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Sunday, July 29, 2007

Gaza - the new Riviera?

The Hamas tourism industry has its job cut out for it:
If you think of the Gaza Strip as a volatile, violent battleground run by fanatic Islamist militants bent on destroying Israel, Hamas wants you to think again.

Think: "Safe, clean and green."

One month after seizing the Gaza Strip in a military rout that shattered brittle Palestinian unity, Hamas is embarking on a radical marketing campaign to promote what it calls "the new face of Gaza."

They call it the "Gaza Riviera."

Lime-green Hamas banners flutter over Gaza City with a message in English for aid workers and journalists worried about being kidnapped: "No more threat for our foreign visitors and guests."

I wonder what Gilad Shalit has to say about that.

Bearded gunmen in blue-gray camouflage uniforms who helped seize control of Gaza now rush to settle routine neighborhood squabbles and family disputes.

Once-deserted Mediterranean beaches now are filled with dozens of families holding picnics to escape the summer heat until long after midnight.

Monday, Hamas is planning to take journalists on a special tour, from the packed beaches to the bullet-scarred security compounds its Islamist fighters overran last month when they ousted Fatah forces loyal to Palestinian Authority President Mahmoud Abbas.

"This is our new Riviera," boasted Hamas leader Mahmoud Zahar. "This is the most secure period in the history of Gaza."

Let's just ignore the time periods from 1967-1989 and 1993-2000, shall we?


Using a mix of military force and political persuasion, Hamas has succeeded in creating a sense of safety in the Gaza Strip. But many Palestinians don't believe this quiet will last long.

Sitting on a southern Gaza Strip beach, Ahmed Yousef, the Hamas leader behind the "safe, clean and green" slogan, said his group has no plans to impose strict Islamic rule on the 1.5 million residents.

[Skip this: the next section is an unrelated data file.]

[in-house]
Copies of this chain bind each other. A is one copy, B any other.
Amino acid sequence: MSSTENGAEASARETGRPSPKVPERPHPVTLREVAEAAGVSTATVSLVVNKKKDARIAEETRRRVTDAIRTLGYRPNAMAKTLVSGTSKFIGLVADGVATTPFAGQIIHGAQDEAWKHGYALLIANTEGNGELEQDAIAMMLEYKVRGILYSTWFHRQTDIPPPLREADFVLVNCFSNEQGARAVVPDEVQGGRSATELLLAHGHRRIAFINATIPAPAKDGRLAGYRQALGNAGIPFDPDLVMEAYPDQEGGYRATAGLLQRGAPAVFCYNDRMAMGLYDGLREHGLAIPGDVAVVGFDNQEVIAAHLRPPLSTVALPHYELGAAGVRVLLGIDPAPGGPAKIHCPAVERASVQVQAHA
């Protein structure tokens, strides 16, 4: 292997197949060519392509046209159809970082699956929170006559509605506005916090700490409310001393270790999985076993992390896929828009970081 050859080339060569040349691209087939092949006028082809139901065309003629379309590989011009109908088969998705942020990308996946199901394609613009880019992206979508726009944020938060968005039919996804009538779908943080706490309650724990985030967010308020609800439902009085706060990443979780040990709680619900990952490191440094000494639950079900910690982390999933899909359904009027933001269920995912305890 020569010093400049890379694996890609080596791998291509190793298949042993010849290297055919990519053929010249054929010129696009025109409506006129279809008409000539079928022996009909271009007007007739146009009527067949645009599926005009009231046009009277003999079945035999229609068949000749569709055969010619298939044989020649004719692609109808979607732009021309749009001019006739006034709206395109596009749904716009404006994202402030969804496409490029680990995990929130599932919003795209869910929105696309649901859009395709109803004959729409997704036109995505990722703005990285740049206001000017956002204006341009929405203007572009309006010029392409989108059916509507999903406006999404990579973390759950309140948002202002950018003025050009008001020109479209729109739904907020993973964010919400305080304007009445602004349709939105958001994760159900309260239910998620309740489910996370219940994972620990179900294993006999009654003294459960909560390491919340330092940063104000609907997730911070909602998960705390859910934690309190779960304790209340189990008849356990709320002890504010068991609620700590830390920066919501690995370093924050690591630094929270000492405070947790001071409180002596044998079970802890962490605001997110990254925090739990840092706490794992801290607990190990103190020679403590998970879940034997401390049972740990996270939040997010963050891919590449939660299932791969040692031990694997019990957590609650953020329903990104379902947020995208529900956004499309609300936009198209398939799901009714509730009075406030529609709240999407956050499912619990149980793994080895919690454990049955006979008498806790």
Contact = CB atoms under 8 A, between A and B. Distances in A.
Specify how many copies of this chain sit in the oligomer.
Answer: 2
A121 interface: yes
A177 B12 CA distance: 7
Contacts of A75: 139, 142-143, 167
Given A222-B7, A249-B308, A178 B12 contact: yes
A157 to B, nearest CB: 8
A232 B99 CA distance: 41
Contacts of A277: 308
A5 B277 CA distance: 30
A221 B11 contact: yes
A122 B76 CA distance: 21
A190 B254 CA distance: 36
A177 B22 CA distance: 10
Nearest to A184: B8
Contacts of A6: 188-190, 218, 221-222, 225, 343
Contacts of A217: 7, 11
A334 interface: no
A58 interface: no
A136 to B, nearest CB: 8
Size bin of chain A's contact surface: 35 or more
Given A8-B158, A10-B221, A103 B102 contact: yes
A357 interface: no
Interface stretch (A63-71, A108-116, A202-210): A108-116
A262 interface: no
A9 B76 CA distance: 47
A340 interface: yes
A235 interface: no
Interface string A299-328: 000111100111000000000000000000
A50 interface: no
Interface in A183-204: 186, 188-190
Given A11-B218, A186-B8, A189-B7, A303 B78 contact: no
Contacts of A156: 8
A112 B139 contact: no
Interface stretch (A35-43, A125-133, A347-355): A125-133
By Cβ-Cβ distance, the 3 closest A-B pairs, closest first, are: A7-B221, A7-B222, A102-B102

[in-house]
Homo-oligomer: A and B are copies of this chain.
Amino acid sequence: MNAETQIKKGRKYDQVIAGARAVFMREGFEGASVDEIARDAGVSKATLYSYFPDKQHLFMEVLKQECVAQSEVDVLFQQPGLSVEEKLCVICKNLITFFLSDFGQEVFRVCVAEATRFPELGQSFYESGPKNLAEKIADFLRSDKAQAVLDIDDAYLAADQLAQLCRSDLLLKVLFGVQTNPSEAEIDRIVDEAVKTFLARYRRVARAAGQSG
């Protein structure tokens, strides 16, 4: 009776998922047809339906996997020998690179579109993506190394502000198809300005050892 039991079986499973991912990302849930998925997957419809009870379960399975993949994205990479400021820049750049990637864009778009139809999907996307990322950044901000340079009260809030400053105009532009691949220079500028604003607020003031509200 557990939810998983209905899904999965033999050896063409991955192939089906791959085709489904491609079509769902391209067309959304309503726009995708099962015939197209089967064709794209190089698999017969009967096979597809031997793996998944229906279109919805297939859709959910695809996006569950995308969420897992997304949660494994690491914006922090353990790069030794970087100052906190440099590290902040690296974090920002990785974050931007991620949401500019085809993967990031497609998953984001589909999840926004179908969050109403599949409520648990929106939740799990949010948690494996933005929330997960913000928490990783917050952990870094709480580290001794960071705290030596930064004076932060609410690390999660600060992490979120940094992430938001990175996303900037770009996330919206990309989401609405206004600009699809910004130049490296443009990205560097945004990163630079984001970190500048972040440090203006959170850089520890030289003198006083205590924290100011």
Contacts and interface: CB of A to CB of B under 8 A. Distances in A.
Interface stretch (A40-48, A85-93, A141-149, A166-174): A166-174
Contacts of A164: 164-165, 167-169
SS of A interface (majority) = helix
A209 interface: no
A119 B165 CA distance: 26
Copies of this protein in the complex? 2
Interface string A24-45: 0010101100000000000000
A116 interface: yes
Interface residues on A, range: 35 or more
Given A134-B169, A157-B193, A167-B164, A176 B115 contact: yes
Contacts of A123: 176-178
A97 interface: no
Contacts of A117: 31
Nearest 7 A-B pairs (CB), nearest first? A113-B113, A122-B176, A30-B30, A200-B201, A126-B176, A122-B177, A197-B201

"If we succeed here, the people in the West Bank will keep looking to this model," Yousef said. "We don't want to promote the way of the Taliban."

Another article about the new beach culture in Gaza adds a telling detail:

Still, there is enough business for at least one boutique hotel, designed to resemble a Moroccan villa. The Al Deira hotel offers spectacular sunset views and wireless Internet service on the grand terrace, but no meaningful mini-bar in the rooms, because alcohol is banned.
I guess Hamas' definition of "strict Islamic rule" is a little different from most Westerners'.

But I wish them luck. I can't wait to see thousands of Hamas sympathizers from the ISM, UK professors and MPs and other "progressive" groups change their vacation plans to go to the new Riviera in Gaza. Seeing them frolicking in the waves, covered in their burqas, will do wonders for the Hamas tourism industry. After all, we know that they are ideologically aligned with Hamas' misogynistic, repressive, pro-gun, anti-gay and anti-alcohol agenda, and that their support for Hamas has nothing to do with anti-semitism.

(H/T: Zionist Spy)